Township awards liquor license to Palm Palace

By: Nico Rubello | Fraser - Clinton Township Chronicle | Published May 22, 2013


CLINTON TOWNSHIP — A restaurant’s request for a free liquor license prompted debate among the Clinton Township Board of Trustees, but a majority ultimately opted to dole out the license.

The township board voted 5-2 to award one of four liquor licenses to the Palm Palace restaurant at 15750 Hall Road in Clinton Township, with the mutual agreement that should the business close, the license would come back to the township.

The license allows the restaurant to serve alcohol once the license is processed by the Michigan Liquor Control Commission, which Palm Palace CEO Mustafa Dakroub said he expected sometime this summer.

While some, including Supervisor Robert Cannon, said the liquor license would help keep the business open, township Treasurer Bill Sowerby and Trustee Paul Gieleghem opposed awarding Palm Palace the liquor license because the restaurant had been delinquent on its taxes up until this past March.

At that time, the restaurant paid more than $97,200 worth of back taxes owed on the Hall Road property around the same time it requested the township’s approval to fill out an application for the license.

Sowerby said awarding a free liquor license to a business that hadn’t been paying its taxes sends a bad message to businesses that have been paying their taxes on time, despite their own economic struggles.

But Dakroub said having the liquor license is “vital” to an establishment like Palm Palace, helping level the playing field to allow them to compete with other restaurants. Potential customers have walked out of the restaurant after finding out it didn’t serve alcohol, he said.

Every 10 years, the Michigan Liquor Control Commission distributes the quota of liquor licenses to municipalities to dole out to businesses.

The number of licenses awarded is based on Census-related population growth. In 2010, the township received two new quota liquor licenses, and had two additional licenses left over from the 2000 Census.

As in the case of any liquor license, Township Police Capt. Bruce Wade performed a financial and character background check on the business, and found that it passed the threshold to submit its request to the township board.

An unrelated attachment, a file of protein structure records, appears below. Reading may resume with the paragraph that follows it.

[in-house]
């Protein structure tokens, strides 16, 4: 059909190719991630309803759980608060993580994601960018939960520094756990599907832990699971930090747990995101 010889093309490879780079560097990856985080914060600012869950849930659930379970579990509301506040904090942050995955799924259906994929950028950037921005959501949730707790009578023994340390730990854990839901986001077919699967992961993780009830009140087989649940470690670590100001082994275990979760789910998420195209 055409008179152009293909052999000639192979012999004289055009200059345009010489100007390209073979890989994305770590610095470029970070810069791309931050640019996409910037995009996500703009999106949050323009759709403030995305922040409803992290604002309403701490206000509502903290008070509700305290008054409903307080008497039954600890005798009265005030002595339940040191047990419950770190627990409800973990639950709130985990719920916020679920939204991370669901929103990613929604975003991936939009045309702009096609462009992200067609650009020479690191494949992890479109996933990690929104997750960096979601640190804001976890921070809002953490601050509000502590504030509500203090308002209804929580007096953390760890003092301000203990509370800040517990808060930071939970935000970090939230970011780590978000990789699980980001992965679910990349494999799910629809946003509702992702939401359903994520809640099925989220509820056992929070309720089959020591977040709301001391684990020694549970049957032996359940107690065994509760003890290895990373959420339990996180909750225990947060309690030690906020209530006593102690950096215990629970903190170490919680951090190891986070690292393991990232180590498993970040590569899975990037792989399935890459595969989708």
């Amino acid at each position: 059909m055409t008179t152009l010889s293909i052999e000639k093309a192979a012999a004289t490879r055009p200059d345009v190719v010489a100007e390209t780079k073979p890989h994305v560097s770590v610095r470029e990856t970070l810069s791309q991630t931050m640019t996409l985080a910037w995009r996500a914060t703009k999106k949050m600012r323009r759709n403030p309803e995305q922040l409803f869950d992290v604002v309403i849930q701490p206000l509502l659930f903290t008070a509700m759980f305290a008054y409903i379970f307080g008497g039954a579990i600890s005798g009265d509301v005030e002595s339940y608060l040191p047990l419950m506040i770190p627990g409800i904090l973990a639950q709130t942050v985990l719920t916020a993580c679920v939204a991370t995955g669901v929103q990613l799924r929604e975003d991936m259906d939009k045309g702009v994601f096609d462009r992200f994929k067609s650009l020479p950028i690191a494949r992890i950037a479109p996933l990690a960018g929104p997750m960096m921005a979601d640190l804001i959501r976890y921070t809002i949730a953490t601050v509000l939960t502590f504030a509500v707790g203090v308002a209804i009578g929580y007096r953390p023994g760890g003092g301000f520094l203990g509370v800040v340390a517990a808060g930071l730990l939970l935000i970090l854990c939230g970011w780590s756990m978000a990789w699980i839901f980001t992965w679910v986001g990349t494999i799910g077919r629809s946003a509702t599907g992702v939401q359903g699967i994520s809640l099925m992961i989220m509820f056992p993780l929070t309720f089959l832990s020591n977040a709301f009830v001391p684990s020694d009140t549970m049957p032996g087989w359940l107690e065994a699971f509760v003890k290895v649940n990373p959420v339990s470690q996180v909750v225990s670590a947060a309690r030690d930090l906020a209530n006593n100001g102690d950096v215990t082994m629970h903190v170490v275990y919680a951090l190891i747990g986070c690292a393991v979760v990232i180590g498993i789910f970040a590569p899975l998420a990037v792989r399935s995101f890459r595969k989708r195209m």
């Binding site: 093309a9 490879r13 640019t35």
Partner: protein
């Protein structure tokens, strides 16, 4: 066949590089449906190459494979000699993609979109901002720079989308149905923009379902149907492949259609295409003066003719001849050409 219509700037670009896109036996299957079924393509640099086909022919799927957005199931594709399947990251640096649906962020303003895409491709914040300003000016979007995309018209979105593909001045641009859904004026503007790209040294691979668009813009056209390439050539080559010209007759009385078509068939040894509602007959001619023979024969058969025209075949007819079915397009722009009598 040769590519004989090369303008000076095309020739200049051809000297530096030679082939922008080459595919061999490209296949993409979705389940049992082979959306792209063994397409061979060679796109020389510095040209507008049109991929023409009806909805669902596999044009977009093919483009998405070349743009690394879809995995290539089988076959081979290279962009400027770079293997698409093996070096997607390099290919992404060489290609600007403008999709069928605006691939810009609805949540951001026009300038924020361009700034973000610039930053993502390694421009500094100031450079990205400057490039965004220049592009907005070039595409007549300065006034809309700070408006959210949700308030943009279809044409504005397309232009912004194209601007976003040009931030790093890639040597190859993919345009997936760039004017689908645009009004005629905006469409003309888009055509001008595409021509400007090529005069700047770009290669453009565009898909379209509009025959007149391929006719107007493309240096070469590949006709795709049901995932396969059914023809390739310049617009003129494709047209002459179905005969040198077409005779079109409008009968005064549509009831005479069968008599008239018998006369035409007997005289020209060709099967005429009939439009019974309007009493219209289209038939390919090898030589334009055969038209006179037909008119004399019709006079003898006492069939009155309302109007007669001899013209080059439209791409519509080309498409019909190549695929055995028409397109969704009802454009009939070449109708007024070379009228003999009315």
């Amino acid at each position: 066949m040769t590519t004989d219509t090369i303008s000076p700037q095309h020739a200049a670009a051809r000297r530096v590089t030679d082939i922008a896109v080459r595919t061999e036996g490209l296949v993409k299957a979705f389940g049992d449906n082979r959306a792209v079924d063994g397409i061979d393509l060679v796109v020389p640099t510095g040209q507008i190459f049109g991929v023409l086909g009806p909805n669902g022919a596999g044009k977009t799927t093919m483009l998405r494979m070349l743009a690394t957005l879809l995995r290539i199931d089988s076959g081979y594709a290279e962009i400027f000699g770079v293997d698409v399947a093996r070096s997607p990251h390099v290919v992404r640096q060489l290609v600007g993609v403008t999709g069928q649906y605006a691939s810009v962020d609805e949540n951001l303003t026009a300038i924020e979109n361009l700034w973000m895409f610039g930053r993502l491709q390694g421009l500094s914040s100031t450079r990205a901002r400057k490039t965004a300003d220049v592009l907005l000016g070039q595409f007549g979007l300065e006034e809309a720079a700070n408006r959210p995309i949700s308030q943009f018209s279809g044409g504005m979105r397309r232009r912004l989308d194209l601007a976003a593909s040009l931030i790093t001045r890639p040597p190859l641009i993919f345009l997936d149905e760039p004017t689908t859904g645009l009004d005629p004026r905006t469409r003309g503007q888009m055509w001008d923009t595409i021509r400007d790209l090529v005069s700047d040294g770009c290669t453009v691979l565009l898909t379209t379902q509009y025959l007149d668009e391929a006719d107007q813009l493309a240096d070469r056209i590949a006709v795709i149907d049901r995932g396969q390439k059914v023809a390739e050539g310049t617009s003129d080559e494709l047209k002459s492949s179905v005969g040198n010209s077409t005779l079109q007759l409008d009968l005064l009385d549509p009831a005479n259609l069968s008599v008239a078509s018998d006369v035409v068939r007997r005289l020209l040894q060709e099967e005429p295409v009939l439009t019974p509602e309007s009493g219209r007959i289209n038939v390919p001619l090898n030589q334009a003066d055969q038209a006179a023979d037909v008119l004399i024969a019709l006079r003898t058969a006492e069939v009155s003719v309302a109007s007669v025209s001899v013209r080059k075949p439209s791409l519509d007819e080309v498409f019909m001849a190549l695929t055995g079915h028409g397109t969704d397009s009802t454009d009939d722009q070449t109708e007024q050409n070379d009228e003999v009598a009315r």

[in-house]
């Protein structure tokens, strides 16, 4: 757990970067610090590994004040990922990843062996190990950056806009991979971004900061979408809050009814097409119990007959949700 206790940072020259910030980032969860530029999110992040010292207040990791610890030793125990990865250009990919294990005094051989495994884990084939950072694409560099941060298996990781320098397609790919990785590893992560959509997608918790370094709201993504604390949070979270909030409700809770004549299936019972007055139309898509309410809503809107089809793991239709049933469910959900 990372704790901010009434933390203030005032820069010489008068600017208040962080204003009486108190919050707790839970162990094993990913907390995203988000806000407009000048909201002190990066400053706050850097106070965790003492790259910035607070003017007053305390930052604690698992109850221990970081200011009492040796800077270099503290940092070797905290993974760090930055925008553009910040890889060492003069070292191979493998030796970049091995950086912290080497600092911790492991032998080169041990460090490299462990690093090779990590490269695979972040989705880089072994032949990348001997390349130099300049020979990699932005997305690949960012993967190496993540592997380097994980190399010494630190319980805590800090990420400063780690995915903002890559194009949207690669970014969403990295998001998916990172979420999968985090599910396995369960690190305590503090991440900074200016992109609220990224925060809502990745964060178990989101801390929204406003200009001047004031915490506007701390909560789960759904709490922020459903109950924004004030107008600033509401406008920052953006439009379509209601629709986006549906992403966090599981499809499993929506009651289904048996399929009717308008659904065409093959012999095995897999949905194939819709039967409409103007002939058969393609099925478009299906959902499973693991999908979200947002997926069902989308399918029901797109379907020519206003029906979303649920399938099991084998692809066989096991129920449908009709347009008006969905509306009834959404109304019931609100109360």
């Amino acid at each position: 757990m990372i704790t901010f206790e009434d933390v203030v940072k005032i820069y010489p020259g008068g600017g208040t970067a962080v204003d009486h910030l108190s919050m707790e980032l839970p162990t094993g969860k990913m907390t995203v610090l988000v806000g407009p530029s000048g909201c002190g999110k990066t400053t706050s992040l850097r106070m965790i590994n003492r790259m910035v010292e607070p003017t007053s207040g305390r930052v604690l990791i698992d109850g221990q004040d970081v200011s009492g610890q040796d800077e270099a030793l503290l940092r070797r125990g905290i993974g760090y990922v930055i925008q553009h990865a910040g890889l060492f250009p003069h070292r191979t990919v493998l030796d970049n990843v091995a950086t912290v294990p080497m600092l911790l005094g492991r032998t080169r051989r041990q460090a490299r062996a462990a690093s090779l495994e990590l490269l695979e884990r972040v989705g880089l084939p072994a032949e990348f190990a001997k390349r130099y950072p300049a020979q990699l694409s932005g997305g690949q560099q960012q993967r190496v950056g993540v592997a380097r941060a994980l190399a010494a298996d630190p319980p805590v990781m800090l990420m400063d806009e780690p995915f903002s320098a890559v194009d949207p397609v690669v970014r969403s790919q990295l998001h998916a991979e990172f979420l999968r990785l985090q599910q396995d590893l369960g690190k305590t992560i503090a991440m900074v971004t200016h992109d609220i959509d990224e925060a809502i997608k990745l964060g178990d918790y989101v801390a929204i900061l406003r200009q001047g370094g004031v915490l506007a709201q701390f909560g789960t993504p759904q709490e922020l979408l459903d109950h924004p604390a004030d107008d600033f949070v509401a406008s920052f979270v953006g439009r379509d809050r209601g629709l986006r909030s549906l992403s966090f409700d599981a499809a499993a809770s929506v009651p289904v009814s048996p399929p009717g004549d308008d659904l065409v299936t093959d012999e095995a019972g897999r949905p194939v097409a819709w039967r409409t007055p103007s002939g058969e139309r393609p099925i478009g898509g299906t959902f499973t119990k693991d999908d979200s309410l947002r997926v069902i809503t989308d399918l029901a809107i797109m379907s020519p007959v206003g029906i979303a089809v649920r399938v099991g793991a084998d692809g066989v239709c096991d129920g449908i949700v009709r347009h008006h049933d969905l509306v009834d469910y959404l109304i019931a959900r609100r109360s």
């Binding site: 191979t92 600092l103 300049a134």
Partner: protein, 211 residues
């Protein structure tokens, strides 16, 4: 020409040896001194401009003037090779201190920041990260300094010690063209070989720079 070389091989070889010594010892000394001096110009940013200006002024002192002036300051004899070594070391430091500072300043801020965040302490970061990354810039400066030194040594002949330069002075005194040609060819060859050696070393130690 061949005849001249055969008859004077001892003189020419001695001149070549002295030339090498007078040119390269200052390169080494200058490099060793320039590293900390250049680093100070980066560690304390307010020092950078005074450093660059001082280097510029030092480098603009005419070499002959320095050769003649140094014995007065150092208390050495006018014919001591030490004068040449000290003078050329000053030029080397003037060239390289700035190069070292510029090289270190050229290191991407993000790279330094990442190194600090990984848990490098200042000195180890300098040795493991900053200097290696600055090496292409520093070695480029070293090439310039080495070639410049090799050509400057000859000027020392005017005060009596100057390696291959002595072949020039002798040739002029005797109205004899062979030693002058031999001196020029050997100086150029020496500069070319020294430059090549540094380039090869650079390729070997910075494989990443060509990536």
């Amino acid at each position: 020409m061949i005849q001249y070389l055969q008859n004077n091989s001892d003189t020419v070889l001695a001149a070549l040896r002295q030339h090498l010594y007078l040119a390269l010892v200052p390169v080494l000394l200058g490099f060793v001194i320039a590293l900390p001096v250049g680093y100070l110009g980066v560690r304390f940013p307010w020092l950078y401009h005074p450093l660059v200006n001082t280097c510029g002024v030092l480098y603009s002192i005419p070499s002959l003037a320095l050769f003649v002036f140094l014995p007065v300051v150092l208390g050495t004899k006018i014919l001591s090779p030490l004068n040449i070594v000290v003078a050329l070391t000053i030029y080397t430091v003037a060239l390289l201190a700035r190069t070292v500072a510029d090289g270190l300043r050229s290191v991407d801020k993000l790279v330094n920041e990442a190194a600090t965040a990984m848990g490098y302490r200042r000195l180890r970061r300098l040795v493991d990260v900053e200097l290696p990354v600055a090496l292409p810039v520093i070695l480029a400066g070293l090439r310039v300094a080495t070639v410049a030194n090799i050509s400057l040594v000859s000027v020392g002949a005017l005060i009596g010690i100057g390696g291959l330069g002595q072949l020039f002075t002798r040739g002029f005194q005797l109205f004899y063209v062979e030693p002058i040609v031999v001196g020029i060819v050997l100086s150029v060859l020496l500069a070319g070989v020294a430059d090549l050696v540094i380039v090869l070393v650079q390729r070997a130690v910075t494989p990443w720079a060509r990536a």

Without the free liquor license from the township, the restaurant could have purchased a license on the open market, which township board members estimated might cost $30,000-$50,000.

Resident Roger Holtslander noted that the business would return the license to the township, should the license go unused for any consecutive 90-day period at any time in the future.

“We’re loaning them a liquor license so they can make their business work,” he said. “A hole in Hall Road is not what we want.”

Much of the debate at the May 13 meeting centered on whether the township should use the financial situation of related businesses in other communities — in this case, Palm Palace restaurants in Auburn Hills and Pittsfield Township — when deciding to award a license in Clinton Township.

Sowerby and Gieleghem maintained that the financial viability of the two other Palm Palace locations, both of which are delinquent on their taxes, financially affected the Hall Road restaurant.

For Trustee Kenneth Pearl, on the other hand, the taxes owed on the other properties weren’t a factor, he said. Pearl said the license hopefully would help the business stay open.

“I think we have the right formula for getting it back (if the business closes),” he said. “It’s a win-win situation and I’m hoping they do well.”

Dakroub said the non-payment was not intentional, and when a flux of capital became available from the liquidation of another property, the restaurant opted to pay off the Clinton Township back-taxes, not knowing whether the township would allocate the liquor license.

“We understand when you accept a license to serve and sell alcohol, you also accept the public trust (to) sell alcohol in a responsible manner,” he said. “They (township board members) have every right to ask questions. They have every right to criticize.”

In the meantime, Gieleghem said, three township trustees, including him, Sowerby and Clerk Kim Meltzer, are working to more clearly define the process of receiving the quota liquor licenses. He said the committee is reviewing things like the application fee, the application questionnaire and what types of covenant agreements should be associated with receiving a liquor license.

“We have a responsibility to the community to ensure, if we’re going to award this economic development tool, it’s been done a responsible way and (goes) to a business that has demonstrated financial viability,” Gieleghem said.